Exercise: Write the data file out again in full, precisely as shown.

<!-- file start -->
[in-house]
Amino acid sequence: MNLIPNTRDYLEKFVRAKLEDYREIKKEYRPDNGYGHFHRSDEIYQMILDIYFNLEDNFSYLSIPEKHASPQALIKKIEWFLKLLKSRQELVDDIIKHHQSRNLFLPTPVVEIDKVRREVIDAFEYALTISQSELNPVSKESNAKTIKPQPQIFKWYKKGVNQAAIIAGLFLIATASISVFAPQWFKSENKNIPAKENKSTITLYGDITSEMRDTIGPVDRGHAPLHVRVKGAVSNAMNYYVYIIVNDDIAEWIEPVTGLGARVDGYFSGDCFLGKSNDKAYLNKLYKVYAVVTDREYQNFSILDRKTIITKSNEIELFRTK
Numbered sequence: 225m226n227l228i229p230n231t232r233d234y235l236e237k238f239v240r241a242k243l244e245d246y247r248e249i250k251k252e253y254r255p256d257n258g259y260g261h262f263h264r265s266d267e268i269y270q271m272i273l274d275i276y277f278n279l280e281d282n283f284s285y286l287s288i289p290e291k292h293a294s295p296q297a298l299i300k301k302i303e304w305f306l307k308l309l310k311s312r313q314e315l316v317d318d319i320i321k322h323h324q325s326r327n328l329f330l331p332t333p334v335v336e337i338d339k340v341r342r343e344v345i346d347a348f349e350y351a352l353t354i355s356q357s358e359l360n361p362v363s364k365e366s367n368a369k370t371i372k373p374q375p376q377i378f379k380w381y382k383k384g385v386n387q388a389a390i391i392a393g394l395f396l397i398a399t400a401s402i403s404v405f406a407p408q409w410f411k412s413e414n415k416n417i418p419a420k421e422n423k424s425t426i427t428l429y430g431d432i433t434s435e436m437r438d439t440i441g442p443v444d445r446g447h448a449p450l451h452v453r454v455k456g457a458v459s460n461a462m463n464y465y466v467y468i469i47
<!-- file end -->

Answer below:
[in-house]
Amino acid sequence: MNLIPNTRDYLEKFVRAKLEDYREIKKEYRPDNGYGHFHRSDEIYQMILDIYFNLEDNFSYLSIPEKHASPQALIKKIEWFLKLLKSRQELVDDIIKHHQSRNLFLPTPVVEIDKVRREVIDAFEYALTISQSELNPVSKESNAKTIKPQPQIFKWYKKGVNQAAIIAGLFLIATASISVFAPQWFKSENKNIPAKENKSTITLYGDITSEMRDTIGPVDRGHAPLHVRVKGAVSNAMNYYVYIIVNDDIAEWIEPVTGLGARVDGYFSGDCFLGKSNDKAYLNKLYKVYAVVTDREYQNFSILDRKTIITKSNEIELFRTK
Numbered sequence: 225m226n227l228i229p230n231t232r233d234y235l236e237k238f239v240r241a242k243l244e245d246y247r248e249i250k251k252e253y254r255p256d257n258g259y260g261h262f263h264r265s266d267e268i269y270q271m272i273l274d275i276y277f278n279l280e281d282n283f284s285y286l287s288i289p290e291k292h293a294s295p296q297a298l299i300k301k302i303e304w305f306l307k308l309l310k311s312r313q314e315l316v317d318d319i320i321k322h323h324q325s326r327n328l329f330l331p332t333p334v335v336e337i338d339k340v341r342r343e344v345i346d347a348f349e350y351a352l353t354i355s356q357s358e359l360n361p362v363s364k365e366s367n368a369k370t371i372k373p374q375p376q377i378f379k380w381y382k383k384g385v386n387q388a389a390i391i392a393g394l395f396l397i398a399t400a401s402i403s404v405f406a407p408q409w410f411k412s413e414n415k416n417i418p419a420k421e422n423k424s425t426i427t428l429y430g431d432i433t434s435e436m437r438d439t440i441g442p443v444d445r446g447h448a449p450l451h452v453r454v455k456g457a458v459s460n461a462m463n464y465y466v467y468i469i47